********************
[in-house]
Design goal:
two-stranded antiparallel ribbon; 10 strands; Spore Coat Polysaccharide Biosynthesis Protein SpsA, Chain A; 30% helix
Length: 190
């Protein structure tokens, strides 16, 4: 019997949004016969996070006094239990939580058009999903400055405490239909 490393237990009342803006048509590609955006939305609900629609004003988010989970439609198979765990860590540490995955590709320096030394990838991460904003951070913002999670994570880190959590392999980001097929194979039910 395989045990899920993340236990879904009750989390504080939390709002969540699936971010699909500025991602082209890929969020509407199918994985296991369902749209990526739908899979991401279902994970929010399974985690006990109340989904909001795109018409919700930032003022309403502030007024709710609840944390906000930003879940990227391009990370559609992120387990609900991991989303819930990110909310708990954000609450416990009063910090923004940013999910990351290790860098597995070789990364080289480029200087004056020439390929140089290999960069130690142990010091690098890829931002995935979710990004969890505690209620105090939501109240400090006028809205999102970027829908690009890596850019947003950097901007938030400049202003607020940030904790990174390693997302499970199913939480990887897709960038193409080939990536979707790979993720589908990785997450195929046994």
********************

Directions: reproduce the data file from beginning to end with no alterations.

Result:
[in-house]
Design goal:
two-stranded antiparallel ribbon; 10 strands; Spore Coat Polysaccharide Biosynthesis Protein SpsA, Chain A; 30% helix
Length: 190
């Protein structure tokens, strides 16, 4: 019997949004016969996070006094239990939580058009999903400055405490239909 490393237990009342803006048509590609955006939305609900629609004003988010989970439609198979765990860590540490995955590709320096030394990838991460904003951070913002999670994570880190959590392999980001097929194979039910 395989045990899920993340236990879904009750989390504080939390709002969540699936971010699909500025991602082209890929969020509407199918994985296991369902749209990526739908899979991401279902994970929010399974985690006990109340989904909001795109018409919700930032003022309403502030007024709710609840944390906000930003879940990227391009990370559609992120387990609900991991989303819930990110909310708990954000609450416990009063910090923004940013999910990351290790860098597995070789990364080289480029200087004056020439390929140089290999960069130690142990010091690098890829931002995935979710990004969890505690209620105090939501109240400090006028809205999102970027829908690009890596850019947003950097901007938030400049202003607020940030904790990174390693997302499970199913939480990887897709960038193409080939990536979707790979993720589908990785997450195929046994």